In Ostrava the pharmacies (= Lékárna) with the longest opening hours are to be found in Shopping Centres (9 am – 9 pm every day with the exception of some public holidays). The non-stop “Urgent Care Pharmacies” opened  24/7 will only operate on a limited scale at nights, during weekends and public holidays. Their service will be limited solely to attend to the prescriptions brought by you from the “Urgent Care” specialists. For that service they usually require you to use a different entrance than on weekdays, so please do not be surprised.

  • Pharmacy with Urgent Care Service of the Municipal Hospital

    Open: Mo-Fri 6pm - 7am, weekends/holidays - nonstop

    • situated inside the Hospital premises to the right of the Main Entrance.
  • Pharmacy with Urgent Care Service of the Faculty Hospital (FN Ostrava)

    Open: Mo-Fri 5pm - 7am, weekends/holidays - nonstop

    • situated inside the Hospital premises, ground floor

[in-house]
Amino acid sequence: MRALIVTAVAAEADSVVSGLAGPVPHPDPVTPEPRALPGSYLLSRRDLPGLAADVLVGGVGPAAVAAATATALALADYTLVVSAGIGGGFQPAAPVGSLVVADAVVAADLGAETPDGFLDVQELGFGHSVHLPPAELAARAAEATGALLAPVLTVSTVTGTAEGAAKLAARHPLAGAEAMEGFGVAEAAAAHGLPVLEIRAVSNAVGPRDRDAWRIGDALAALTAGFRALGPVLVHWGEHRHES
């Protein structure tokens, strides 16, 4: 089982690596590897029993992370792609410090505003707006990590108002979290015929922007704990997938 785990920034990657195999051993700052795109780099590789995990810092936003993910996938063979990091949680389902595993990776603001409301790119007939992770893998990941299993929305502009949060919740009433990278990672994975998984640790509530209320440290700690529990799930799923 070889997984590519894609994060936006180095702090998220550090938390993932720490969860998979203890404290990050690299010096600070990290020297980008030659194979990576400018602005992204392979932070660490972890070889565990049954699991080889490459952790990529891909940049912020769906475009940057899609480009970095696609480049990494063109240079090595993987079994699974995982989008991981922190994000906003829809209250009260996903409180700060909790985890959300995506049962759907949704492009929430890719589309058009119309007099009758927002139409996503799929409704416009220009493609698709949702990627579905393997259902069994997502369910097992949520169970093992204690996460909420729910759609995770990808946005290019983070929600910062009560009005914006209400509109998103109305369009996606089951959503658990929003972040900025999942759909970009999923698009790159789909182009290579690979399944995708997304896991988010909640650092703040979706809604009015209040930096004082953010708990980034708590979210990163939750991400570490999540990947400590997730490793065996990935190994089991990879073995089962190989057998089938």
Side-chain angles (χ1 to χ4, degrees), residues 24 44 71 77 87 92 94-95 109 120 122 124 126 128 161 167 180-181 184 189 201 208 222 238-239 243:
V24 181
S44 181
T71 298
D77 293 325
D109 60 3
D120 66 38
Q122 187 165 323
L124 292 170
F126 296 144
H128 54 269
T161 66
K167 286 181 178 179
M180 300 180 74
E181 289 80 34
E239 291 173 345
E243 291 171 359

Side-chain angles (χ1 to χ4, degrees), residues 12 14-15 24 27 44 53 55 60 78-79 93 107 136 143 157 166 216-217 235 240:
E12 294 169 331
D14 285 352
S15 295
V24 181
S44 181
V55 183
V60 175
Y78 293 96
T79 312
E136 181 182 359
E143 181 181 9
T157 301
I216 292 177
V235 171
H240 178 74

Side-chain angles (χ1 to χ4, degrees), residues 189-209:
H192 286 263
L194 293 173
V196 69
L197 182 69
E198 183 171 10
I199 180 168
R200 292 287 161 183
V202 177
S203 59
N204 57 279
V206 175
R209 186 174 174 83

Outpatient Clinics and Medical Centres

= Poliklinika, Zdravotní středisko, “Ambulance”

NB: The word Ambulance in Czech will be most probably used for an Outpatient Doctor’s Office. The Ambulance as a specialised vehicle is referred to as “sanitka” in Czech. Please see the list of specialists below.

List of Doctors and Clinics

Online medical counseling is also available, please see the above section “At the Doctor’s”.

All clients of PVZP that have arranged foreigners’ medical insurance (Commercial Health Insurance) can use the Search engine for medical facilities.

We advise you to write an email to the doctor’s office first. Very often, nurses don’t speak English, so it will be better to leave an email.